Cloud Storage Companies

Question about Cloud Storage

Dealing with the three big cloud storage companies is a nightmare. Why would I give them access to my bank account when I can't even call them on the phone, and when no one answers an email question directly? And some of the sites are in the dreaded light gray type - who wants to struggle with that - only people who are sheep.

I don't trust them at all, and I am going optical. I would rather spend time, money, and energy to burn DVDs and avoid frustration and even worse problems down the road. I would use solid state storage, but it's prohibitively expensive for a lot of large Photoshop files. 


We'd appreciate any comments you have - thank you.

Problems with Cloud Storage Companies

Cloud storage companies are an option for some people, but personally, I do not use it. I do not want my information in the hands of another party. There are a lot of uncertainties such as what happens to your files if the company goes out of business. Security issues can be a factor as well. There are costs, often ongoing costs with using the service and uploading and downloading large files may take a while. Finally, if using Cloud Storage, ensure that it is only used for backup. Your only copy of files should not reside in the cloud.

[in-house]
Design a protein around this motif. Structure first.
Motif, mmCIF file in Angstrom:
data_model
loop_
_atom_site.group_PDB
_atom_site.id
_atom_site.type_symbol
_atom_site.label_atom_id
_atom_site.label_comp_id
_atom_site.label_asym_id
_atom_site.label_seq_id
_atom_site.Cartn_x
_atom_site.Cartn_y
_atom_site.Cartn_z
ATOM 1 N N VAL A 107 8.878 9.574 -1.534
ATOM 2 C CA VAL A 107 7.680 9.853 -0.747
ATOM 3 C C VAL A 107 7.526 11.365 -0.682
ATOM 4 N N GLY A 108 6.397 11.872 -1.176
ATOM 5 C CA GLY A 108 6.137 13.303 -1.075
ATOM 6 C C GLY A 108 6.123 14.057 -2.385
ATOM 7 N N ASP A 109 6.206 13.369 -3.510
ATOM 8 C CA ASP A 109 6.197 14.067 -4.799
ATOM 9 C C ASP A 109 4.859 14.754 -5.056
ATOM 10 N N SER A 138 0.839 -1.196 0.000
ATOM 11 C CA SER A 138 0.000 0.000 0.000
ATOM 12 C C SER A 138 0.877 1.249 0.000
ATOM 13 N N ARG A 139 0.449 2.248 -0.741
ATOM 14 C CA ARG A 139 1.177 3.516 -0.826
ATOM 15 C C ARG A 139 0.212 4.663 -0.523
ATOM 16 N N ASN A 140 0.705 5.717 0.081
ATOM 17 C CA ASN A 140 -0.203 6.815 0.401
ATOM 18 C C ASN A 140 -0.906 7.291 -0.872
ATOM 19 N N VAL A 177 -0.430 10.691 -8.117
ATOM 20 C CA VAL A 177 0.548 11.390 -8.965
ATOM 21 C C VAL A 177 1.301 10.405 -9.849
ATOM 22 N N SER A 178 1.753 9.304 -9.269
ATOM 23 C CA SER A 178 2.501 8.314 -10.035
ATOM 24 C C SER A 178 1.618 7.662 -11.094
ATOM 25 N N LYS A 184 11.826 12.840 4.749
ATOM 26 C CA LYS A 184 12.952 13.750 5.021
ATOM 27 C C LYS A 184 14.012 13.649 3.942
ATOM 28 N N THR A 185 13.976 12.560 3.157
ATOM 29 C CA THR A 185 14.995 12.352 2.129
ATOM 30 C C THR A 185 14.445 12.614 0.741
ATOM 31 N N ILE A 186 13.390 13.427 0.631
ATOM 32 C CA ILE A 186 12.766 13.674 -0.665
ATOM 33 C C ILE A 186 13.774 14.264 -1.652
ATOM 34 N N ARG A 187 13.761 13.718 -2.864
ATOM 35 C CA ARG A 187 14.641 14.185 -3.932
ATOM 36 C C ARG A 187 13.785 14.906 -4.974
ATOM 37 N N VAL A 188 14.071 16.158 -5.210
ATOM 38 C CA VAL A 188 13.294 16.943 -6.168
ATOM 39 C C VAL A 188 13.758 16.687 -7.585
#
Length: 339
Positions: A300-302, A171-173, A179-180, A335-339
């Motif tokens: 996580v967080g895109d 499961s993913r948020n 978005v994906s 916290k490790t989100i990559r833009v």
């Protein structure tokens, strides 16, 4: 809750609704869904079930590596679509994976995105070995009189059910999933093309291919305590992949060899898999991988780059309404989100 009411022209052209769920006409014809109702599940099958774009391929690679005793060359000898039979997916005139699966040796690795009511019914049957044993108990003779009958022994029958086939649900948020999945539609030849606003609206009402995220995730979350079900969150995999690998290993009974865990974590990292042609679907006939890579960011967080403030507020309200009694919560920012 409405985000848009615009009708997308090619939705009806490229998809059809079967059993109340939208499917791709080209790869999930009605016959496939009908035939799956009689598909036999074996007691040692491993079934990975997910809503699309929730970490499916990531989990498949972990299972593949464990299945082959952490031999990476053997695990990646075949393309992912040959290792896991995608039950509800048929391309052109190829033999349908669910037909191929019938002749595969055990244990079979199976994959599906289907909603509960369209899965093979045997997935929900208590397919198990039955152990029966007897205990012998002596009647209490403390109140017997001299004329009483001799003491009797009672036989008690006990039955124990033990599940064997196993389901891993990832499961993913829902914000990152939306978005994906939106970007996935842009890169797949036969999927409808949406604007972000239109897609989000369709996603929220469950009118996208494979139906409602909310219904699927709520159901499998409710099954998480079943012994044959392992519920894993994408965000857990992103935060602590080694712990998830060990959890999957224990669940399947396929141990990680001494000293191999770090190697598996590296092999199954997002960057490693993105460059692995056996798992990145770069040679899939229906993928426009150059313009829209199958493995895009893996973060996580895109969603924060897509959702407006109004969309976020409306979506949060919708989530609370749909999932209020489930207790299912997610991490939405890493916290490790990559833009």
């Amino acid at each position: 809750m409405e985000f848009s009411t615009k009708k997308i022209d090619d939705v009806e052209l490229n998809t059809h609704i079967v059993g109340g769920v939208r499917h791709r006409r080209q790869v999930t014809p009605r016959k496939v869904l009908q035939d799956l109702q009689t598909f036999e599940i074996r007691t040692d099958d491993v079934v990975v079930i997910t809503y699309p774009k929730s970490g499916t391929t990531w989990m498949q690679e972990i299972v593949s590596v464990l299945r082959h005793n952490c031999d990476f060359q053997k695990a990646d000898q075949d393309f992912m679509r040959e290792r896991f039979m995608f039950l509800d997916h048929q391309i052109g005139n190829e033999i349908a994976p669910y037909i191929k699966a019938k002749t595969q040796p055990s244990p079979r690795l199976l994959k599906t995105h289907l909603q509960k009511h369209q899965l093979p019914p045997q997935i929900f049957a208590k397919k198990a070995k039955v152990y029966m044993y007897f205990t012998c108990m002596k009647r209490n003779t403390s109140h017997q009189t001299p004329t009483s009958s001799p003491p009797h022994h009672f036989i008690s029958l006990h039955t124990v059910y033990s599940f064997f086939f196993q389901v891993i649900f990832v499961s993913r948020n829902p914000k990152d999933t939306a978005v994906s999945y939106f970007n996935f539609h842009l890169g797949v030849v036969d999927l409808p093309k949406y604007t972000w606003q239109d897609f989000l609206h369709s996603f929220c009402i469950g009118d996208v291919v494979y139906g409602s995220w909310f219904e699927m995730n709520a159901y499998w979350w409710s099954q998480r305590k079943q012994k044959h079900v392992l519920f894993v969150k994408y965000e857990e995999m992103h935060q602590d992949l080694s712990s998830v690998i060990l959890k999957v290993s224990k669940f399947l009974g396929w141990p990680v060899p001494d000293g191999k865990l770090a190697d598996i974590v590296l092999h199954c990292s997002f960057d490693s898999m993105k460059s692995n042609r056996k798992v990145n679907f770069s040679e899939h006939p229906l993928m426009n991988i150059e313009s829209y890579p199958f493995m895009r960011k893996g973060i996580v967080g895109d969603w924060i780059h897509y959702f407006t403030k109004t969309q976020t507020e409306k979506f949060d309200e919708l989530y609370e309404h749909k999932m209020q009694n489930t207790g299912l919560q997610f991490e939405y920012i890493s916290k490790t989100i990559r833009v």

Cloud Storage Alternatives

The alternatives for high quality digital images are DVD-Rs (CD-Rs likely do not have  the capacity for feasible storage), hard drives, and flash media. DVD-Rs and hard drives are very economical. Flash media such as USB flash drives or sticks are convenient, fast, but as you have mentioned expensive. Maybe in time this would be an option once prices come down, but not now for everyday storage.

3-2-1 Rule for Digital File Storage

The general rule for storage of files to be preserved is the 3-2-1 rule which means you need 3 copies, stored on at least 2 different types of carriers and 1 of the copies should be stored off-site. I would use a combination of DVD-Rs and hard drives (internal or external) to do this. DVD-Rs can also be purchased that have a gold metal layer. These DVD-Rs provide better stability than standard DVD-Rs but are much more expensive.

So to summarize, you could pursue the following three options:

  • 1 copy on desktop computer
  • 1 copy on external hard drive
  • 1 copy on DVD-Rs (regular or gold)

or

  • 1 copy on computer or external hard drive
  • 1 copy on regular DVD-Rs (lower cost)
  • 1 copy on gold DVD-Rs (higher cost)

or

  • 1 copy on computer or external hard drive
  • 1 copy on regular DVD-Rs
  • 1 copy on a different brand of regular DVD-Rs

External hard drives should be checked every four months to ensure they are still functioning. Regular DVD-Rs should last at least 10 to 20 years if stored well, gold DVD-Rs over 50 years.